According to new analysis from the multinational investment group, investor portfolios built on a dividend-focused strategy will need to be fully allocated to equities and escalate their portfolio risk, to meet most income needs in the current low-yield environment.
A recent Vanguard research paper on the total returns approach found that investors using the rule of thumb 4 per cent withdrawal rate as a target for income from their investment returns could have relied on a diversified portfolio of 50 per cent equities and 50 per cent bonds back in 2013.
However, to obtain the same result today, investors will need to shift to 100 per cent equities and almost double their risk.
Inna Zorina, senior investment strategist at Vanguard Australia said many retirees who have experienced the recent slash in dividends in the Aussie share market are “understandably worried, given their reliance on these payouts to fund their retirement”.
“This scenario requires a retired investor, arguably at the most conservative phase of their investment journey, to take on immense risk,” Ms Zorina said.
”It certainly presents a real challenge to the most impacted group in today’s low-yield and high volatility investing environment, and is probably not in their longer-term best interest.”
The research has also found that contrary to a popular rationale, investing in higher dividend-paying stocks will not necessarily generate greater overall returns relative to other equities.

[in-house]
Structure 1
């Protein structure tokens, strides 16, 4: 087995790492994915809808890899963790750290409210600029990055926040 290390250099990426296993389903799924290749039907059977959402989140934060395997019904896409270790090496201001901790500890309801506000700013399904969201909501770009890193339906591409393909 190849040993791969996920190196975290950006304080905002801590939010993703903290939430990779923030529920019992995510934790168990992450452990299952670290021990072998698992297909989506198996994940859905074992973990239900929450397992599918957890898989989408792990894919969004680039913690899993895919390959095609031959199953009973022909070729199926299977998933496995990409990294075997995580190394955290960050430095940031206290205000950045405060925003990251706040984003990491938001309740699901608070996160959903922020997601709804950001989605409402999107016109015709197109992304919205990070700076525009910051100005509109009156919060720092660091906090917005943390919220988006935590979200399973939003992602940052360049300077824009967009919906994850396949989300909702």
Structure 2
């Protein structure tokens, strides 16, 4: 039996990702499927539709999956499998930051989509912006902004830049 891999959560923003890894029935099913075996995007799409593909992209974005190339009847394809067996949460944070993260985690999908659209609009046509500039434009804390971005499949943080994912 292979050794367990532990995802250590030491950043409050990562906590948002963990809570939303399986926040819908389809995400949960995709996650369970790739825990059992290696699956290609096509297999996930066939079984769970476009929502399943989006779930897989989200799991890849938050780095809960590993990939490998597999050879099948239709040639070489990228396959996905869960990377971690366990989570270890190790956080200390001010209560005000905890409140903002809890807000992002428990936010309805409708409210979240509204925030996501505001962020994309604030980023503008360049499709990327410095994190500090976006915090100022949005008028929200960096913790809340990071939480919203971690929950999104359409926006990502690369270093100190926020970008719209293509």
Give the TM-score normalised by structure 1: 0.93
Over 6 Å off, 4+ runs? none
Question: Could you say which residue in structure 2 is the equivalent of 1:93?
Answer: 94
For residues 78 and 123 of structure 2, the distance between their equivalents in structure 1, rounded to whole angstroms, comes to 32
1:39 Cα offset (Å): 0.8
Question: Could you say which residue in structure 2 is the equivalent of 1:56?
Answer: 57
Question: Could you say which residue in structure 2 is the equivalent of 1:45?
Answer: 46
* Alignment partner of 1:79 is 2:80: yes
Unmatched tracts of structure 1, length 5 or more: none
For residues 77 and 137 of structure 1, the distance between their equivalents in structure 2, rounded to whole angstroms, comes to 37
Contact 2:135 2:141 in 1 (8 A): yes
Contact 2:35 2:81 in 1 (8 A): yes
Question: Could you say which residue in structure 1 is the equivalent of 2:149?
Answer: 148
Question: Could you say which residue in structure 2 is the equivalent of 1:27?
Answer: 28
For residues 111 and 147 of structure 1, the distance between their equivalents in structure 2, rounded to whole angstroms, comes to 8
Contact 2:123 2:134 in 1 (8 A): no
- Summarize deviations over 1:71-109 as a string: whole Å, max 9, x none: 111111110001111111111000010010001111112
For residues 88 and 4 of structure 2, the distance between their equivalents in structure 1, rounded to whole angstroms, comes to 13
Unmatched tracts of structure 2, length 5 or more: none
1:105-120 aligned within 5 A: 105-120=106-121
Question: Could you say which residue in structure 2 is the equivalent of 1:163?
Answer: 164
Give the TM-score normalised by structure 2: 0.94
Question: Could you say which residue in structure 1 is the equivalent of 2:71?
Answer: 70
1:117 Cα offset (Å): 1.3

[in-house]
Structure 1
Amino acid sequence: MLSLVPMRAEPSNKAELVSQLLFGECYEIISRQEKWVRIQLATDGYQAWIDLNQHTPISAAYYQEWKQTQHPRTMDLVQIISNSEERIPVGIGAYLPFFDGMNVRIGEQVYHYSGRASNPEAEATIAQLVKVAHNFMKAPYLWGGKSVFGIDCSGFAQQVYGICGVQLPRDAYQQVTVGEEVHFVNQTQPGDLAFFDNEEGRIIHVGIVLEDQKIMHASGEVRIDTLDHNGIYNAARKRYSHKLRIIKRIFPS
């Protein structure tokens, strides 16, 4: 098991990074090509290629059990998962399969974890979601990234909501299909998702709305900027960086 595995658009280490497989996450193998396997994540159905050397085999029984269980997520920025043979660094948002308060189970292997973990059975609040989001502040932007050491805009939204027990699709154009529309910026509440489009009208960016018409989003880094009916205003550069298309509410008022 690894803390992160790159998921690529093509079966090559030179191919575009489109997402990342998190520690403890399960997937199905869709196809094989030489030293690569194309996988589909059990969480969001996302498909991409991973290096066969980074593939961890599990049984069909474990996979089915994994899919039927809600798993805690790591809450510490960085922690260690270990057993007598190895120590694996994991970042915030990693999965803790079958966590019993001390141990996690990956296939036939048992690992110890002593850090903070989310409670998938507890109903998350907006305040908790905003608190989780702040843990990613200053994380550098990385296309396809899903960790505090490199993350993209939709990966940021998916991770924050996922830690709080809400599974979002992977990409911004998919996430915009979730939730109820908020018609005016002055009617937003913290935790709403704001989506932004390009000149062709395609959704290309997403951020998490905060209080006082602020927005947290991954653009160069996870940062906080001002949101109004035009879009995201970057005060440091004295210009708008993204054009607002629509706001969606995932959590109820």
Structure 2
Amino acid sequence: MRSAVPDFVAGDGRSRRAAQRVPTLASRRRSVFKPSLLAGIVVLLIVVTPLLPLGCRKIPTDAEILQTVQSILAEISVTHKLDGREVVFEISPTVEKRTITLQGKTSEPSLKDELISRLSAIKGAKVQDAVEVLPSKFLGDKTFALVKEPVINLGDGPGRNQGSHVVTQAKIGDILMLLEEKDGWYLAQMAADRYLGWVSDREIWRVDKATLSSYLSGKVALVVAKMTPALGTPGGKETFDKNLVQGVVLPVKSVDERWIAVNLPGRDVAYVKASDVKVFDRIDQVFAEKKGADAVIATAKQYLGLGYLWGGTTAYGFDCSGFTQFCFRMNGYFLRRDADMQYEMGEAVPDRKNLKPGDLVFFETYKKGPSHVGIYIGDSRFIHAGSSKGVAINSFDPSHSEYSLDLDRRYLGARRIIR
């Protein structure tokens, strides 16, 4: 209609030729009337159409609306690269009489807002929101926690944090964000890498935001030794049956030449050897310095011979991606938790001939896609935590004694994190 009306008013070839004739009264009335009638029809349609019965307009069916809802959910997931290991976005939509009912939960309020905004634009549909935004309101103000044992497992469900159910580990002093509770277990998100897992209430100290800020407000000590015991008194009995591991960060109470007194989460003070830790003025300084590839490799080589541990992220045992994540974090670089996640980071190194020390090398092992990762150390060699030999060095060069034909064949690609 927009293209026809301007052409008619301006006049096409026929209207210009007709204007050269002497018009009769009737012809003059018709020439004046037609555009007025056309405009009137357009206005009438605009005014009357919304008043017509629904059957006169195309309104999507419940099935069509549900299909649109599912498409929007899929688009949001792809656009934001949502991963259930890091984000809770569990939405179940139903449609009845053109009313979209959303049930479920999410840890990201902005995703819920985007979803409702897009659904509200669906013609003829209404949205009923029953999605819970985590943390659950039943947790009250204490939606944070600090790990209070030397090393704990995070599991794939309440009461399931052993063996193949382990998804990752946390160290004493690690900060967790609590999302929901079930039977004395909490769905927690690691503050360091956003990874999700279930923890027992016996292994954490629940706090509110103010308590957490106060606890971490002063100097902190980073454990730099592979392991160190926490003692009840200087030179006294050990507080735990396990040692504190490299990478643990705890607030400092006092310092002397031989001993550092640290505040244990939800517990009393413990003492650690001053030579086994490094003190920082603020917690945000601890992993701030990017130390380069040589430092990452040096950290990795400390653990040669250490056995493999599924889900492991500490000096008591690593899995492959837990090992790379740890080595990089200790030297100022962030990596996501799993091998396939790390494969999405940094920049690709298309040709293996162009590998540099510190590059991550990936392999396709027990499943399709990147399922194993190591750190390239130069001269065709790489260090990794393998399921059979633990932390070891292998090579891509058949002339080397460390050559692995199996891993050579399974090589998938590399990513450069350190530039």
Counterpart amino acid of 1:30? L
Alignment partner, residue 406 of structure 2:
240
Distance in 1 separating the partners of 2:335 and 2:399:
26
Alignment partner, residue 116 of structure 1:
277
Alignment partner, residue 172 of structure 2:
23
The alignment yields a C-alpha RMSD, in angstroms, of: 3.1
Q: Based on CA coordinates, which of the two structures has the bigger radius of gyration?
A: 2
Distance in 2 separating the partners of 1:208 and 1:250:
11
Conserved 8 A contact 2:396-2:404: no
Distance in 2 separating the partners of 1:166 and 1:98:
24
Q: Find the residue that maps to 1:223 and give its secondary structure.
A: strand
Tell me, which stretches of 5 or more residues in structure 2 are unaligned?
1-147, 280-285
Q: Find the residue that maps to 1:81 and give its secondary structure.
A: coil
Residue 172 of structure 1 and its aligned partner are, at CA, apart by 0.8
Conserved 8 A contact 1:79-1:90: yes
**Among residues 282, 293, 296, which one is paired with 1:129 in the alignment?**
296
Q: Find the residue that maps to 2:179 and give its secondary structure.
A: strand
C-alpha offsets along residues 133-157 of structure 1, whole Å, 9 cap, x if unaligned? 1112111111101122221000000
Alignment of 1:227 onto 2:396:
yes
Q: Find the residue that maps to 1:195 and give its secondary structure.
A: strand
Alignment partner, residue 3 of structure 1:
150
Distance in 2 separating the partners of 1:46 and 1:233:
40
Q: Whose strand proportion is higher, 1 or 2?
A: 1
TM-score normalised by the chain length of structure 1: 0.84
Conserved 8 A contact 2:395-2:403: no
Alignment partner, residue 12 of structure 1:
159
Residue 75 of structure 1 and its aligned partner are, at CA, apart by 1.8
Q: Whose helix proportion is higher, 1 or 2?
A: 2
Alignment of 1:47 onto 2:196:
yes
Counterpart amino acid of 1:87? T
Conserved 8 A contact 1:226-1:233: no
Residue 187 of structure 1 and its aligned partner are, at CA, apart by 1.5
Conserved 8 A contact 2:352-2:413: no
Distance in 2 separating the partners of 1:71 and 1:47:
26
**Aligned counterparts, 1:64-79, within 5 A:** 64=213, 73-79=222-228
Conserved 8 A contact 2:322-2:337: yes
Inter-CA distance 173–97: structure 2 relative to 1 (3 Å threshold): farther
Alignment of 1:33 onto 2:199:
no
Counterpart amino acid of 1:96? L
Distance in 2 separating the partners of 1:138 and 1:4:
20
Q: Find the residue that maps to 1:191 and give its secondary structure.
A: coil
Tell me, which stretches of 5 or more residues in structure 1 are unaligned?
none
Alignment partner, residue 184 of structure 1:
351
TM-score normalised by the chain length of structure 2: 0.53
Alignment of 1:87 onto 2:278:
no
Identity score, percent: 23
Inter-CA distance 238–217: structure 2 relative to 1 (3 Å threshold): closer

Vanguard has warned of a risk of tilting a portfolio towards value stocks, finding that the higher yield an equity portfolio delivers, the more substantial the amount of concentration risk the portfolio holds.
“Previously proposed changes to dividend imputation rules highlighted the potential risks that a high-yield, concentrated portfolio may be exposed to. The current high volatility, low yield environment further affirms these risks,” Ms Zorina said.
“The alternative to an income-oriented strategy is the total returns approach, where a portfolio’s asset allocation is set at a level that can sustainably support the spending required to meet those goals and encourages the use of capital returns when necessary.”
This approach, according to Vanguard, will allow for the capital value of the portfolio to be spent during periods where the income yield of a portfolio falls below an investor’s spending needs.
It is meant to utilise both income and capital growth elements of the portfolio during the volatile periods for markets which inevitably occur, as long as the total amount drawn from the portfolio doesn’t exceed the sustainable spending rate over the long-term.
“While this approach requires the discipline to reinvest a portion of the income yield during periods where the income generated by the portfolio is higher than what is required for living expenses, it provides many advantages over the income-focused method,” said Ms Zorina.
“In addition to helping address unintended factor and credit exposures, this approach also addresses the main concerns that many retirees have around portfolio longevity.
“Ultimately ensuring your portfolio includes an appropriate level of diversification matters for all ages and stages, and certainly even more in retirement. The total returns approach aims to provide for income needs without the risk trade-off.”
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